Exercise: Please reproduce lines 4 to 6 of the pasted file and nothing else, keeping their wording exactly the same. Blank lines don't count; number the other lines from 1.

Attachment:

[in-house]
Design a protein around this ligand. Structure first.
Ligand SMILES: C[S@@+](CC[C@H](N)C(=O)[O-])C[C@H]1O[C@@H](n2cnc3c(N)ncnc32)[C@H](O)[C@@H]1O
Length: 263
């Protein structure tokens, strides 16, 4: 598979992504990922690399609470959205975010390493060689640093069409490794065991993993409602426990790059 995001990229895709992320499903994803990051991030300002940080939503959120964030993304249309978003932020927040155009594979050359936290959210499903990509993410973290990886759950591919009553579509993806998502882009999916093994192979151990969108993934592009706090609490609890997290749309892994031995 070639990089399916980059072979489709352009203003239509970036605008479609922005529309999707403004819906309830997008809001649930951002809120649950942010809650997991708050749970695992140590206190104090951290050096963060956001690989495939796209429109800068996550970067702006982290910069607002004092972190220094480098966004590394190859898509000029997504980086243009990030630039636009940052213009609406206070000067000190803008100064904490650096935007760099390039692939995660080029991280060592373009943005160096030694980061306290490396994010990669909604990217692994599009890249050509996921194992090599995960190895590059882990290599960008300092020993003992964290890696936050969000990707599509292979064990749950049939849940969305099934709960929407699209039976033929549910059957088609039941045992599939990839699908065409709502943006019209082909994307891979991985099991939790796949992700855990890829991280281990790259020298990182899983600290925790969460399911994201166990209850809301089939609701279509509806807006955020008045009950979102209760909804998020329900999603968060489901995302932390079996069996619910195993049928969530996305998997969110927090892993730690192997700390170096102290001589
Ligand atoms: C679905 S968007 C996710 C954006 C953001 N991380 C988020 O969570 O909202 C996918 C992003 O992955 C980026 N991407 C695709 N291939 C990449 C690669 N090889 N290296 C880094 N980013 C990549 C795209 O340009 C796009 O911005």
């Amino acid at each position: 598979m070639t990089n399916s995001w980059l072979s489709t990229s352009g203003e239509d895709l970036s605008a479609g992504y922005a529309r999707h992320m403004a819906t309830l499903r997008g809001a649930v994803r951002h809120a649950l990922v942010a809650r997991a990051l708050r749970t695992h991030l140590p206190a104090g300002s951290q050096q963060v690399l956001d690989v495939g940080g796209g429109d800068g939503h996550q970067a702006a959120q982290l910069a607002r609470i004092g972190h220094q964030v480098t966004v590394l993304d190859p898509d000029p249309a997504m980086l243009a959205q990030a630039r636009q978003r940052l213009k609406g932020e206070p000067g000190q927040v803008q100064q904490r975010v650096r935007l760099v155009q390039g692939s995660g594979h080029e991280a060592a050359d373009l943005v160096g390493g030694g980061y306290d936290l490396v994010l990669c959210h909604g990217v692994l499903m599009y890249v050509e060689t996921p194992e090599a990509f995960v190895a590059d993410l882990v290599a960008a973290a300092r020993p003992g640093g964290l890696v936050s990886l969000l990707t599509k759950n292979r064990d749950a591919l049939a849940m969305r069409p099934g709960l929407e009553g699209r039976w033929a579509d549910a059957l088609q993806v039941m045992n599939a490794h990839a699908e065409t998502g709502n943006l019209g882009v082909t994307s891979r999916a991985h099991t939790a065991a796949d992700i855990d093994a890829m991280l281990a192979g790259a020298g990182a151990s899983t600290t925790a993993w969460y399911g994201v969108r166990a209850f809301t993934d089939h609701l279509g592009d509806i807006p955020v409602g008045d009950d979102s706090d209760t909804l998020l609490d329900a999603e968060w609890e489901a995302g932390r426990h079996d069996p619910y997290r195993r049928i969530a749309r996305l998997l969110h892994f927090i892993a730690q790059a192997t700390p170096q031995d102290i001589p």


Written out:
Length: 263
């Protein structure tokens, strides 16, 4: 598979992504990922690399609470959205975010390493060689640093069409490794065991993993409602426990790059 995001990229895709992320499903994803990051991030300002940080939503959120964030993304249309978003932020927040155009594979050359936290959210499903990509993410973290990886759950591919009553579509993806998502882009999916093994192979151990969108993934592009706090609490609890997290749309892994031995 070639990089399916980059072979489709352009203003239509970036605008479609922005529309999707403004819906309830997008809001649930951002809120649950942010809650997991708050749970695992140590206190104090951290050096963060956001690989495939796209429109800068996550970067702006982290910069607002004092972190220094480098966004590394190859898509000029997504980086243009990030630039636009940052213009609406206070000067000190803008100064904490650096935007760099390039692939995660080029991280060592373009943005160096030694980061306290490396994010990669909604990217692994599009890249050509996921194992090599995960190895590059882990290599960008300092020993003992964290890696936050969000990707599509292979064990749950049939849940969305099934709960929407699209039976033929549910059957088609039941045992599939990839699908065409709502943006019209082909994307891979991985099991939790796949992700855990890829991280281990790259020298990182899983600290925790969460399911994201166990209850809301089939609701279509509806807006955020008045009950979102209760909804998020329900999603968060489901995302932390079996069996619910195993049928969530996305998997969110927090892993730690192997700390170096102290001589
Ligand atoms: C679905 S968007 C996710 C954006 C953001 N991380 C988020 O969570 O909202 C996918 C992003 O992955 C980026 N991407 C695709 N291939 C990449 C690669 N090889 N290296 C880094 N980013 C990549 C795209 O340009 C796009 O911005």